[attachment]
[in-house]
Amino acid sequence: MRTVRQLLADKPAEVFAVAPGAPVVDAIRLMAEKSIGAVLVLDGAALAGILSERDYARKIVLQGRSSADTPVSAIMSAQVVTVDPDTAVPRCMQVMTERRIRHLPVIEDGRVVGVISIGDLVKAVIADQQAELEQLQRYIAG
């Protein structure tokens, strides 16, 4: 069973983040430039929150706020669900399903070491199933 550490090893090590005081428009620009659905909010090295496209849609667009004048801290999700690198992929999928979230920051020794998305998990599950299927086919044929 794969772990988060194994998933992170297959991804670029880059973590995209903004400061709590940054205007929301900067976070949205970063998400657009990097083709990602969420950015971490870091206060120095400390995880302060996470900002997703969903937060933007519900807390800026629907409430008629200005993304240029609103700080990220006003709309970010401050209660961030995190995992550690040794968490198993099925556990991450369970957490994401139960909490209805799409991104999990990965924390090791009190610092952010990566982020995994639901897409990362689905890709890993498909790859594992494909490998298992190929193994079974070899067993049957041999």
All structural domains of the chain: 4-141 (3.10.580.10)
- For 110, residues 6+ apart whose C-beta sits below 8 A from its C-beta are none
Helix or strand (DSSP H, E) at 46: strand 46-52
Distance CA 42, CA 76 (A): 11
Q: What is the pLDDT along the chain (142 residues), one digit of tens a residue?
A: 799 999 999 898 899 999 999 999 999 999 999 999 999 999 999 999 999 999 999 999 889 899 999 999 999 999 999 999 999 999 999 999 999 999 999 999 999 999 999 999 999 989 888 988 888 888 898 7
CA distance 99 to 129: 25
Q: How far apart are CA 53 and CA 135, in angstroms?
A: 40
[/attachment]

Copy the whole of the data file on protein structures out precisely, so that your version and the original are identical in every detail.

[in-house]
Amino acid sequence: MRTVRQLLADKPAEVFAVAPGAPVVDAIRLMAEKSIGAVLVLDGAALAGILSERDYARKIVLQGRSSADTPVSAIMSAQVVTVDPDTAVPRCMQVMTERRIRHLPVIEDGRVVGVISIGDLVKAVIADQQAELEQLQRYIAG
């Protein structure tokens, strides 16, 4: 069973983040430039929150706020669900399903070491199933 550490090893090590005081428009620009659905909010090295496209849609667009004048801290999700690198992929999928979230920051020794998305998990599950299927086919044929 794969772990988060194994998933992170297959991804670029880059973590995209903004400061709590940054205007929301900067976070949205970063998400657009990097083709990602969420950015971490870091206060120095400390995880302060996470900002997703969903937060933007519900807390800026629907409430008629200005993304240029609103700080990220006003709309970010401050209660961030995190995992550690040794968490198993099925556990991450369970957490994401139960909490209805799409991104999990990965924390090791009190610092952010990566982020995994639901897409990362689905890709890993498909790859594992494909490998298992190929193994079974070899067993049957041999």
All structural domains of the chain: 4-141 (3.10.580.10)
- For 110, residues 6+ apart whose C-beta sits below 8 A from its C-beta are none
Helix or strand (DSSP H, E) at 46: strand 46-52
Distance CA 42, CA 76 (A): 11
Q: What is the pLDDT along the chain (142 residues), one digit of tens a residue?
A: 799 999 999 898 899 999 999 999 999 999 999 999 999 999 999 999 999 999 999 999 889 899 999 999 999 999 999 999 999 999 999 999 999 999 999 999 999 999 999 999 999 989 888 988 888 888 898 7
CA distance 99 to 129: 25
Q: How far apart are CA 53 and CA 135, in angstroms?
A: 40